Now, in 1988, again, we have a massive uprising where we see these two visions of Burma being pitted against each other. So the country has been run into the ground by Nawin, the army. They stepped in thinking they were the same as the country and they totally run the place into the ground. Now, by Nastasya, people are so fed up with this that they have a. A massive uprising, and they demand elections at last to return to civilian rule after all this time and the vision Aung San had promised of a democratic federal Burma, nay, when the dictator does step up, he resigns.


He was mad. He's completely ruling the country but does step back onto the stage. We have this figure called Aung San Suu Kyi emerges, who we now know is the lady of Burma. The sort of heroine figure here in more recent years, obviously has become a bit of a villain in the community. Very complex story. We'll come onto that. But in 1998, she returned to the country to look after her ailing mother and the democratic opposition.


That's out on the streets of the hour right now, protesting for change. They coalesce around Aung San Suu Kyi as the daughter of Aung San Suu Kyi. The little flame around which the opposition can build the find that they're going to take down the military at last. And she comes out of relative obscurity to lead this opposition movement in 1990. We have the statewide elections, the first since the 1950s, and she wins by a landslide. Again, we're just seeing this happen in 2012 and 2013.


And the military, again, they don't like this idea that another person or another force it in the country can take their first among equals status and they lock up Aung San Suu Kyi. They arrest all the newly elected MVP's and they lock up the country again for another almost 20 years. And again, we have two different worlds inside Myanmar. We have the military who think that they know what's best. They know how to run this country in terms of territorial integrity and to keep the place together.


But they run essentially as a dictatorship and they take over the economy and they try and squash any.


It is no secret we're talking about the history of Burma and how they got into this present state with Alex, could be more coming up after this. I'm very happy this episode Dance Knows History is brought to you by Hello Fresh with Hello Fresh, you get fresh, obviously pre measured ingredients and mouthwatering seasonal recipes delivered right to your door. This is what we've all been waiting for, folks. My kids are about to turn into a piece of pasta. It's all I can cook.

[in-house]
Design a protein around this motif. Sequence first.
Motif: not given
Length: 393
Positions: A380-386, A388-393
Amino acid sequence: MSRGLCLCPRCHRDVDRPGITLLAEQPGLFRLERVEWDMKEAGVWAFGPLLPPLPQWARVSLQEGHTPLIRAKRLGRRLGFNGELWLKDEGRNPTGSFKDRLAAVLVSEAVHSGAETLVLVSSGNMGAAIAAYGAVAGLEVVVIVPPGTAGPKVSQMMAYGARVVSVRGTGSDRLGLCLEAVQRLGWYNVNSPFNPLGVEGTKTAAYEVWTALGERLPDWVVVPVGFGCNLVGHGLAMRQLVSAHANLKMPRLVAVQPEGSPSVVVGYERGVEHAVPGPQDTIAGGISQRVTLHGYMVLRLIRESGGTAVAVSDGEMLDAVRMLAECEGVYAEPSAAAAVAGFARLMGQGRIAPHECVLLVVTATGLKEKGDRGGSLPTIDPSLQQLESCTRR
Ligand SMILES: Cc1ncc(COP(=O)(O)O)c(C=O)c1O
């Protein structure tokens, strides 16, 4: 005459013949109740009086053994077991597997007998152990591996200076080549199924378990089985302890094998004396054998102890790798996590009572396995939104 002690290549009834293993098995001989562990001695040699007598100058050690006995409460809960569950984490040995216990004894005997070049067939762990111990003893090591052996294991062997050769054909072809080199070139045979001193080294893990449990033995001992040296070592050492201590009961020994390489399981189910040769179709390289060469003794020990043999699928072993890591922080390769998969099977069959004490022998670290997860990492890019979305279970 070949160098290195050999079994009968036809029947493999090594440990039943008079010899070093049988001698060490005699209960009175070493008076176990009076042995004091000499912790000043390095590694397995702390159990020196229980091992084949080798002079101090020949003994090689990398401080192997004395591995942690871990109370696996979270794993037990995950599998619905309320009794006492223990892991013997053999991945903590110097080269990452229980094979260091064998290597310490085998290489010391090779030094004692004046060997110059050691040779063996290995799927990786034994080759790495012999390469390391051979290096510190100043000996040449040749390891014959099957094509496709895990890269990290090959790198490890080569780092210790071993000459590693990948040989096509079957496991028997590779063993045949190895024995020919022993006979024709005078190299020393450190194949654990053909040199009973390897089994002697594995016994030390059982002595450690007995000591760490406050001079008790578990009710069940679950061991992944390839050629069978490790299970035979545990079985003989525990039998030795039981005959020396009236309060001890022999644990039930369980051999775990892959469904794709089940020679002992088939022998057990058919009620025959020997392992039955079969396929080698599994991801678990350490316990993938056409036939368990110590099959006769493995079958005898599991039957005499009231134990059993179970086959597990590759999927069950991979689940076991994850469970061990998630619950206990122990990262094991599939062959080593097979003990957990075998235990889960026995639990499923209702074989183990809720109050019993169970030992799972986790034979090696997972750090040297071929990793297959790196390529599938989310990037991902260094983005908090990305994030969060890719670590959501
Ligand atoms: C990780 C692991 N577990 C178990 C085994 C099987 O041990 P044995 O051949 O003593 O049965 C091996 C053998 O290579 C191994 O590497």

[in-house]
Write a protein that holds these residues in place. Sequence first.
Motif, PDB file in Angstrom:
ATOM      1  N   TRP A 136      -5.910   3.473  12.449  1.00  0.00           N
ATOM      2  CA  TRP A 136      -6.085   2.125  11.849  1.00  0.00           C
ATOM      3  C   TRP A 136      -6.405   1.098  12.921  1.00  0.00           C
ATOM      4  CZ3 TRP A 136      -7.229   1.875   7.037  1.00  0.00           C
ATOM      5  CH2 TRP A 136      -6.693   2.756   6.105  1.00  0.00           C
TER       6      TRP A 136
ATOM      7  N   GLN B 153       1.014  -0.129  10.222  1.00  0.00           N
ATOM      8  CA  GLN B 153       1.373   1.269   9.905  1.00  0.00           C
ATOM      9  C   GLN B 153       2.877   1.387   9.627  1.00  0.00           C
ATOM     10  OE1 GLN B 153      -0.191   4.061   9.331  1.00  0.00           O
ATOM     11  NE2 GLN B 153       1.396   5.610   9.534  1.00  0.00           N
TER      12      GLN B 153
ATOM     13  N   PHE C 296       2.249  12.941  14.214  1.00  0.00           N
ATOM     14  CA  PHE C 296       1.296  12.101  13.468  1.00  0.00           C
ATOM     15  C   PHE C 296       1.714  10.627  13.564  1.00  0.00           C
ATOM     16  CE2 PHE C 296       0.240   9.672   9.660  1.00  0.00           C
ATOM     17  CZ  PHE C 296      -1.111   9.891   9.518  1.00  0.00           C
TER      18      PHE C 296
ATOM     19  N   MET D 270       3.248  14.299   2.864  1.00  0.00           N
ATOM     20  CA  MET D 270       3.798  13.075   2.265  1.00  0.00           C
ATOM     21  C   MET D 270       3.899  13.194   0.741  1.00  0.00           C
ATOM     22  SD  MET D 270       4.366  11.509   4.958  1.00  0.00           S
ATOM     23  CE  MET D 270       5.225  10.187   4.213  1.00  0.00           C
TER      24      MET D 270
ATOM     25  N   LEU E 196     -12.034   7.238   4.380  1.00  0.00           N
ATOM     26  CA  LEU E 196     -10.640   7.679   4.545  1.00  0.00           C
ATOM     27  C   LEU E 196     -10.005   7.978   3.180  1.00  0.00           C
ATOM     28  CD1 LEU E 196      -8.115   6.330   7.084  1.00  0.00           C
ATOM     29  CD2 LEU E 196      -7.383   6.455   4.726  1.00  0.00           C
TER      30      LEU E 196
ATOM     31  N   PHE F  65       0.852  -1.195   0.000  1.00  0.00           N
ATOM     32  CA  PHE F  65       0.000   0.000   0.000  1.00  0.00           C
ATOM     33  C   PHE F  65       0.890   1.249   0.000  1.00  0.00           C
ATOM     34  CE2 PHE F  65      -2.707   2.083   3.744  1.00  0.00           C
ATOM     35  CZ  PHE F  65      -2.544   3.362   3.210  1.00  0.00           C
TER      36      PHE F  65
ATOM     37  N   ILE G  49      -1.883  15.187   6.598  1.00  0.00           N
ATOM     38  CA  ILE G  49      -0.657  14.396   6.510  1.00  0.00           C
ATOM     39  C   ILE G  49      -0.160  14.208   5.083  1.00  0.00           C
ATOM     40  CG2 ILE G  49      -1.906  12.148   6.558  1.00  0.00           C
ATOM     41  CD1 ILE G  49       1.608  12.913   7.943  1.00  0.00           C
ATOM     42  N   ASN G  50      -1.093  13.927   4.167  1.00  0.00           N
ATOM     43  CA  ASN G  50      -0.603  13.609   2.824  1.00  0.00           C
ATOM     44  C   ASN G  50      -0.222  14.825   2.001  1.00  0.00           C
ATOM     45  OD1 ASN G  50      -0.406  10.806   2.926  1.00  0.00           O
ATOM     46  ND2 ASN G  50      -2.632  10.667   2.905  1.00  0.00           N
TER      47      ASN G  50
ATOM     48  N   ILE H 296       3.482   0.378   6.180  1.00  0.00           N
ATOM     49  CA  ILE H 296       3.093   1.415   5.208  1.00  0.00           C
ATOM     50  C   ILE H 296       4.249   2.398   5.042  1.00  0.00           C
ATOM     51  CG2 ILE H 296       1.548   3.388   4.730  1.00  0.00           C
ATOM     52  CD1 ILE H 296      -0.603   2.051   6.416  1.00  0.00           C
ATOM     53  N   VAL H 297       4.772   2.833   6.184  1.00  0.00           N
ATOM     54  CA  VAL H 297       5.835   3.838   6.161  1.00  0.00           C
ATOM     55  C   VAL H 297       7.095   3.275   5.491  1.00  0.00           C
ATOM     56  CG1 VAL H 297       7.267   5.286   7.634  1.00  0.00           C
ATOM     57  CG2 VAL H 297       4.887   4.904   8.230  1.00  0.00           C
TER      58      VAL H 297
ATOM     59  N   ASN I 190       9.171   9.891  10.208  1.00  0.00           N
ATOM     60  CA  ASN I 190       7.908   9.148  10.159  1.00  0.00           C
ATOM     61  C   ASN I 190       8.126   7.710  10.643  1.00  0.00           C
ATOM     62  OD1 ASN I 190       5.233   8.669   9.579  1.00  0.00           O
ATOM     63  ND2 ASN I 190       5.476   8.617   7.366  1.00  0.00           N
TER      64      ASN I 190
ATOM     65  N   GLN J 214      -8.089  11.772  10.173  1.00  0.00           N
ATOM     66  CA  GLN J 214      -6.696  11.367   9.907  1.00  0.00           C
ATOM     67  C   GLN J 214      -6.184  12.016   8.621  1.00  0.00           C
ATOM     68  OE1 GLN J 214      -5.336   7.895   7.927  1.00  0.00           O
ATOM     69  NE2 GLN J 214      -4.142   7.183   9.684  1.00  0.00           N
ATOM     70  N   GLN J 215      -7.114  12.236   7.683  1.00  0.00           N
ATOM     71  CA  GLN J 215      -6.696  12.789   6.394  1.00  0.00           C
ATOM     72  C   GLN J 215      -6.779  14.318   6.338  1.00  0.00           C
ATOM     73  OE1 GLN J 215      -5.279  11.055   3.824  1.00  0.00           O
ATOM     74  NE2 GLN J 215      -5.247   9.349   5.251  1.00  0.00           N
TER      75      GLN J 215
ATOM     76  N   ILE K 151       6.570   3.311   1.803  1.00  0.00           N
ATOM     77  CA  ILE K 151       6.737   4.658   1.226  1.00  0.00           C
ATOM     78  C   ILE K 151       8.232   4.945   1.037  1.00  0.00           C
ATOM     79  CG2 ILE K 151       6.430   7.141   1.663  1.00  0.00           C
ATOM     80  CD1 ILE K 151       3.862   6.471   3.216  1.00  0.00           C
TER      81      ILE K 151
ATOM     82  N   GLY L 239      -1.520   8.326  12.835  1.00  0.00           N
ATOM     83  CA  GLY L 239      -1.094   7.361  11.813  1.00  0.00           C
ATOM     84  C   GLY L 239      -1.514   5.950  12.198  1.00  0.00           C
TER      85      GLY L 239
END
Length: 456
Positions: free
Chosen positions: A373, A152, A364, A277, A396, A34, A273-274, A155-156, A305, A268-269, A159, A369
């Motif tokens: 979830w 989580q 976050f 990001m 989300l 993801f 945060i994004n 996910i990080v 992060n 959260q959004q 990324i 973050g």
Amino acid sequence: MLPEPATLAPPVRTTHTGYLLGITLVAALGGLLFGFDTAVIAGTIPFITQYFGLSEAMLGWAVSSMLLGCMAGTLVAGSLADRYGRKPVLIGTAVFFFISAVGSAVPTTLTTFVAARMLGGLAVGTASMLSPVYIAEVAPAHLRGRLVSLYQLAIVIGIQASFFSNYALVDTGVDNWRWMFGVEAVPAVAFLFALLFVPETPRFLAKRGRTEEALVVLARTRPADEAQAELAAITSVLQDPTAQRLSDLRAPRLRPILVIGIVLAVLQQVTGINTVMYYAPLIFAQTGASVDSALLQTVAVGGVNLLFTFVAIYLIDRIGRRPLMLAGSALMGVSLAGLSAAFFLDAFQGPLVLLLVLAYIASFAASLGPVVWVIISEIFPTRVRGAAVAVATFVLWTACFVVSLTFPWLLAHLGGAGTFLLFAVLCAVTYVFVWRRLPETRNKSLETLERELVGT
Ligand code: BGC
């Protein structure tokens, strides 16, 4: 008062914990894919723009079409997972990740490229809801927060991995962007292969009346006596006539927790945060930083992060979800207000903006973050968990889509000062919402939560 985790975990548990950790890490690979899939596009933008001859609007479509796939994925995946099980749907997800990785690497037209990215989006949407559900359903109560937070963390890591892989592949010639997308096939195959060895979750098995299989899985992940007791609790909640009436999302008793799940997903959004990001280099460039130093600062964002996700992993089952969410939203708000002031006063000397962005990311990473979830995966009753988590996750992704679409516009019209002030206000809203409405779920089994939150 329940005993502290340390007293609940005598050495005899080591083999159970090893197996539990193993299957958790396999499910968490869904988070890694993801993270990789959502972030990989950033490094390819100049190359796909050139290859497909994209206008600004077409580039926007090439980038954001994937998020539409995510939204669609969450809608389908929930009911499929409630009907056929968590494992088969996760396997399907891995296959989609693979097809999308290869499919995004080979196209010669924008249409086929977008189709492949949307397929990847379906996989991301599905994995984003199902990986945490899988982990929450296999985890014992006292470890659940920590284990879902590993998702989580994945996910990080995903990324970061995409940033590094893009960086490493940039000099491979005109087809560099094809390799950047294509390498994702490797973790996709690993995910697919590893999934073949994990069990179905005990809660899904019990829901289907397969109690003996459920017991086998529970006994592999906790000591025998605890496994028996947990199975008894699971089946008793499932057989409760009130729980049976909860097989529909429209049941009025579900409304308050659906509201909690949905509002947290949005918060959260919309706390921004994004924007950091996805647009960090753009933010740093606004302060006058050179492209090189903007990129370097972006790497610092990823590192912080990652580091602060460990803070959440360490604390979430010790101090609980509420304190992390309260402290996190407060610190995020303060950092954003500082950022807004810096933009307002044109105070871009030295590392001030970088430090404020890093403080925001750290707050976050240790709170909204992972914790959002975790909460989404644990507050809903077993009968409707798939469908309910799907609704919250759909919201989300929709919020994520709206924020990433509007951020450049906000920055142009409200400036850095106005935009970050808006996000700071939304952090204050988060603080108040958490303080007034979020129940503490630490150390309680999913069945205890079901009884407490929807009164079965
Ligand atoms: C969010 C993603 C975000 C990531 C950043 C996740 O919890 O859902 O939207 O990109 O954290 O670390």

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Don't miss this out people. This is a special offer. Get involved. Hello Fresh America's number one meal kit. It's so interesting, isn't it? Maybe it's just the fact that we love history and we see history at the root of everything, but if you look at Syria, if you look at Burma, so much of the problems of those countries derives from just a fundamental lack of legitimacy of Buy-In from the people that found themselves living in those places after they were all partitioned and set up and created by the Western allies after the Second World War.


It's so true. And I think that's the fundamental question that I think is at the heart of Burmese politics, how to govern this country, who to govern for is the central question of any state, really. It's just that in a post-colonial state, I think that the stakes are the question just so much higher. And there's been so much trauma and so much damage done by the colonial experience, particularly in Burma. That is very hard for everyone just to come together in a moment of peace and understanding and go, OK, this is the vision for our country that we want.


Yes, there are one hundred and thirty five different ethnic groups in Burma. Yes. So every religion you can imagine, yes, there are hundreds of different language groups. It's territorial, fragmented, it's incredibly complicated. But we can sit down and we can think of a vision where we all buy into it. And I think with all sons, death and forty seven, that was the chance they had ever since that we've seen this conflict play out.


And what we're seeing now is just the latest chapter. So also saying she was eventually released from house arrest after almost 20 years in prison. She does finally say, I can work with the military, I can work under this constitution they've drawn up, which is unbelievably rigged, in which the military has twenty five percent of all the seats in parliament. It has the home office. It has the police, it has the border control. The military basically runs the country.